A mixed-method approach comprising of focus group discussions (FGDs), participatory wealth ranking (PWR), household questionnaire surveys, and livelihood trajectory interviews was used to collect empirical evidence in late 2014 (Table 1). Data from PWR and household surveys were used to stratify households by wealth class. Understanding the drivers of social-ecological change involved the analysis of qualitative data from FGDs and interviews in relation to the characteristics of the adaptive cycle, whereas assessments of well-being impacts were based on both survey and interview data.
PWR was used to identify the number of wealth classes within each village and outline the main characteristics that differentiate one class from another. Coincidentally, participants in both villages disaggregated households into five wealth categories, namely, rich, upper middle, lower middle, poor, and extreme poor, using agricultural land ownership as the most important determinant along with indicators such as relative income, housing materials, education, and food security (refer to Table A1.1 in Appendix 1 for details). Asset ownership data from household surveys were used to generate household wealth indices and calculate the numbers of sample households belonging to each of the five categories (Table A1.2 in Appendix 1). Principal component analysis (PCA) was carried out using 17 indicators under seven dimensions (refer to Table A1.3 in Appendix 1 for descriptive statistics). All components with an eigenvalue > 1 were extracted, of which the factor scores and factor loadings of the first principal component (PC1) were considered as the household wealth indices and indicator weights, respectively (Table A1.4 in Appendix 1). K-means cluster analysis with five clusters was then applied on the PC1 factor scores to quantitatively disaggregate households into five wealth classes. PCA also revealed the variation in asset ownership within and between different classes and inequality in wealth distribution within the two communities (refer to Tables A1.5 and A1.6 in Appendix 1 for details on asset ownership).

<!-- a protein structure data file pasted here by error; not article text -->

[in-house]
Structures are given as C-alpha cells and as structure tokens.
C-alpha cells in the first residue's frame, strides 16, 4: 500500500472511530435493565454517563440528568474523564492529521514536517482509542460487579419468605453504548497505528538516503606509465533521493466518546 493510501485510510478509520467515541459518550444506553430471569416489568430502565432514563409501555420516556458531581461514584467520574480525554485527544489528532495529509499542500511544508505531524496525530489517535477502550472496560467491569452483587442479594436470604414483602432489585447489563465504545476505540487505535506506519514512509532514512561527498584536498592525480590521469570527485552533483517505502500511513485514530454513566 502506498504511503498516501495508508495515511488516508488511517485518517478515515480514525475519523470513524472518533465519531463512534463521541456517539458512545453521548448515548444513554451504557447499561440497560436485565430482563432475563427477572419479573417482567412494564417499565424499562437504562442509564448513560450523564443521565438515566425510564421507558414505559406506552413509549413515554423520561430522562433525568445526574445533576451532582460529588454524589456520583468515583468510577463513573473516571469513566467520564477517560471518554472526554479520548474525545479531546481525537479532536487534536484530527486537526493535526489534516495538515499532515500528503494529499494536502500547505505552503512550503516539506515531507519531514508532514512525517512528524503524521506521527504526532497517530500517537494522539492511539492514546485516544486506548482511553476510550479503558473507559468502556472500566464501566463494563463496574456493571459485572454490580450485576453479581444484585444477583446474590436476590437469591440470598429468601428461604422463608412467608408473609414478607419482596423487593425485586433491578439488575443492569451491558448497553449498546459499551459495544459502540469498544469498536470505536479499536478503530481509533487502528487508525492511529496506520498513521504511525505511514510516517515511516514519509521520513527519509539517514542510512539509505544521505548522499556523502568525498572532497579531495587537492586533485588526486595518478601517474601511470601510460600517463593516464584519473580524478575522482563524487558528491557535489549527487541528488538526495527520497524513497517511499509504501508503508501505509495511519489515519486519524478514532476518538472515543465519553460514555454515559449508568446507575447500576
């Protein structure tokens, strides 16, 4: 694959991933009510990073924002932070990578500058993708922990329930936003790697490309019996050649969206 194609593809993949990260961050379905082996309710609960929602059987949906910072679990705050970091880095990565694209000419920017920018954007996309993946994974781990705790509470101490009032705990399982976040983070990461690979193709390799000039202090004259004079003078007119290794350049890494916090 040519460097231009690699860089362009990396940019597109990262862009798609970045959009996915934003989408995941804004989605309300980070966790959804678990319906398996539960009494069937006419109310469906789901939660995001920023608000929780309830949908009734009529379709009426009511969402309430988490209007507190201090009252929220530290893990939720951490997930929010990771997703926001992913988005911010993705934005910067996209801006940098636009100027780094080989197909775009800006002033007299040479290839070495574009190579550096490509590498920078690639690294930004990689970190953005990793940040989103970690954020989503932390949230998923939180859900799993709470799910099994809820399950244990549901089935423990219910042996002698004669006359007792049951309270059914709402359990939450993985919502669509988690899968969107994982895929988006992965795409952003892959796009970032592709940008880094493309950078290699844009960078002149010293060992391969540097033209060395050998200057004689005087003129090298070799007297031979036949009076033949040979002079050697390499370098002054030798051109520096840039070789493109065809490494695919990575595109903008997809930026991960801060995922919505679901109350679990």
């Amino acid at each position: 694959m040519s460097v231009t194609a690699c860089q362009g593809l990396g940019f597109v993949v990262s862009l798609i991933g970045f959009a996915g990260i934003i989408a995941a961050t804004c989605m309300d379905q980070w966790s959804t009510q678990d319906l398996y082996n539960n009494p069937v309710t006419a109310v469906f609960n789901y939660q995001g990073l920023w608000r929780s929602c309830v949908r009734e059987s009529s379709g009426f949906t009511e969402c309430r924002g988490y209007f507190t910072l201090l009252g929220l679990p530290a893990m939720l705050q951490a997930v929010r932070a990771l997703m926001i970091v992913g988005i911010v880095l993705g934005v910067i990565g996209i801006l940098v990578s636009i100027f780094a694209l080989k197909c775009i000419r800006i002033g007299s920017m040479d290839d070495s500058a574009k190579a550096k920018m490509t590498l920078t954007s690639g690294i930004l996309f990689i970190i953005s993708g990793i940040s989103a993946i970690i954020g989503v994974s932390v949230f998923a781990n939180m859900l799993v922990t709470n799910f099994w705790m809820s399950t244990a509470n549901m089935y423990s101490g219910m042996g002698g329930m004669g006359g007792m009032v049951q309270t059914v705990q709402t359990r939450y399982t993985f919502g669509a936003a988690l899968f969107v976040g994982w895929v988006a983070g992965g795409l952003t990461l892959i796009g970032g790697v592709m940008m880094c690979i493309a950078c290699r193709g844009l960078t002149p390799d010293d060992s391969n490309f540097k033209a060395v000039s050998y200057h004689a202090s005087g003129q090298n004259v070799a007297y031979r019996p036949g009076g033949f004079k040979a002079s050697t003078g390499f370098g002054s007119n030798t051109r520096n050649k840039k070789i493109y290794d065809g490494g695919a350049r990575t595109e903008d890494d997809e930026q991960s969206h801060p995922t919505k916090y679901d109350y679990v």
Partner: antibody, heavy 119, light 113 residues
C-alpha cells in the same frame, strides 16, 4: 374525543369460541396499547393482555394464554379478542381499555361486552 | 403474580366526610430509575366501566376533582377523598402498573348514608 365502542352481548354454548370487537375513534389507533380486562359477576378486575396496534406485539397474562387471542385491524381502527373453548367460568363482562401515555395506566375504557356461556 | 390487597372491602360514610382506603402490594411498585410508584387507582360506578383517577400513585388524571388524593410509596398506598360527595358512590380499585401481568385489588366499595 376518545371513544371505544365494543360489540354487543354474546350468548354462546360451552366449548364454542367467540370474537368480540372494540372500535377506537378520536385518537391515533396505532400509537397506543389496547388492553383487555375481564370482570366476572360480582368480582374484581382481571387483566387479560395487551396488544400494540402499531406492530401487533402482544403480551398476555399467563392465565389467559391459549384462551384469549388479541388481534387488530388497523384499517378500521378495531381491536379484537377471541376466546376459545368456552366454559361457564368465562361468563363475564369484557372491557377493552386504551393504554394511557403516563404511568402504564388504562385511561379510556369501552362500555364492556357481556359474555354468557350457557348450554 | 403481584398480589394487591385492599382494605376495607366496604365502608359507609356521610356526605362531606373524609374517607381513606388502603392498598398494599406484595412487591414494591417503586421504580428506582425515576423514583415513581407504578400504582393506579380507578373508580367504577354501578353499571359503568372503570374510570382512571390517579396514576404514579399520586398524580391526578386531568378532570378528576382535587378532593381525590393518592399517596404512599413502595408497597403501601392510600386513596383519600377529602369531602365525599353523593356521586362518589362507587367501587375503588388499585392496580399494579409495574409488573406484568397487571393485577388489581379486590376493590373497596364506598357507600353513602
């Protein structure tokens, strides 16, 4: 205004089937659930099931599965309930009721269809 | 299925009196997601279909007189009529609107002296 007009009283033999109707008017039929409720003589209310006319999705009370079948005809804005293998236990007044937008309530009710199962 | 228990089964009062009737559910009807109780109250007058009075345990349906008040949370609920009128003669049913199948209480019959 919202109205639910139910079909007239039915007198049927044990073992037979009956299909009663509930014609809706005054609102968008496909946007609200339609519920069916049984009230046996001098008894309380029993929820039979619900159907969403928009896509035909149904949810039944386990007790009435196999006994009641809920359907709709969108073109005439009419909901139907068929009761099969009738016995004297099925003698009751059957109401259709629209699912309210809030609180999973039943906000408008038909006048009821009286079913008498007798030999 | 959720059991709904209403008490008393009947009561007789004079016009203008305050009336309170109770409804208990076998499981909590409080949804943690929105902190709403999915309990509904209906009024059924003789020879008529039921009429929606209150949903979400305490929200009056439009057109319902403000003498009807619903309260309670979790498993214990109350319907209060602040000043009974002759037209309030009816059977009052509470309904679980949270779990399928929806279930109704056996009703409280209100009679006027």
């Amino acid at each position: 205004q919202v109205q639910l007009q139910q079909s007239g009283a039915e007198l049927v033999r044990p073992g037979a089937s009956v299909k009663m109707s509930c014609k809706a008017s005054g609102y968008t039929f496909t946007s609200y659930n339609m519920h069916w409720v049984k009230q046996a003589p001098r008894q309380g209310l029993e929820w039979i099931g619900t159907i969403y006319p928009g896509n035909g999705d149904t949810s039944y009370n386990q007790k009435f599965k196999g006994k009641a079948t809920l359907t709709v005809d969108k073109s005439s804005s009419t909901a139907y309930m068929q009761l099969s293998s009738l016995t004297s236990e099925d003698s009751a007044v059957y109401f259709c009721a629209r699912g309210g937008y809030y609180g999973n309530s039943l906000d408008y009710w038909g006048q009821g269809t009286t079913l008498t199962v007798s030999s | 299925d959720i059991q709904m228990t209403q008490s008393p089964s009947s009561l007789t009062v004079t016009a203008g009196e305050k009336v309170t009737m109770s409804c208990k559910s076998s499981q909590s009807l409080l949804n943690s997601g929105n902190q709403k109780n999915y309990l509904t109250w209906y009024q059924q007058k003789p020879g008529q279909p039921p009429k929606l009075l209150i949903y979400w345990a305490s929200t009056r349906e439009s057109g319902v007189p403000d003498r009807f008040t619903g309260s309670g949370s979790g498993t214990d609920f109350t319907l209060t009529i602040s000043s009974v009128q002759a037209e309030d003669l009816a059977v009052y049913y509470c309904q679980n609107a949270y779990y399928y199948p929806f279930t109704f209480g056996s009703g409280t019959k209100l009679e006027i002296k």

Following translation and transcription, qualitative data from FGDs and livelihood trajectories were scrutinized, and chunks of text related to historical events were coded as per the spatial scale (international, national, regional, or local) and the domain in which they occurred (socio-political, agro-ecological, or economic). The events closely adhered to the characteristics defining each of the four phases of the adaptive cycle in terms of the system’s potential (that is, the wealth of the system) and connectedness (that is, the internal controllability of the system; refer to Table A1.7 in Appendix 1 for details of data analysis). The events were then arranged chronologically, demarcating boundaries between the phases for the two villages respectively. Although this demarcation aided structuring and analysis of data, it should be noted that these boundaries are highly flexible and represent broader time periods instead of rigid start and end dates.
Quantitative data from household surveys were used to construct bar charts on households’ changes in well-being resulting from the changes in farming systems. The questionnaire included an open-ended question asking respondents whether they were better off, worse off, or same as before, and why. Using this subjective line of inquiry resulted in a wide range of responses in which relational factors such as having a peaceful community often emerged in addition to the usual objective factors such as income and assets. These were also supplemented with qualitative data from interviews that provided deeper insights into individuals’ values, struggles, and aspirations. Individuals’ responses may not be representative of all members within the household; however, because we primarily focused on understanding the power dynamics between different wealth classes, intrahousehold differences and gender dimensions were not studied.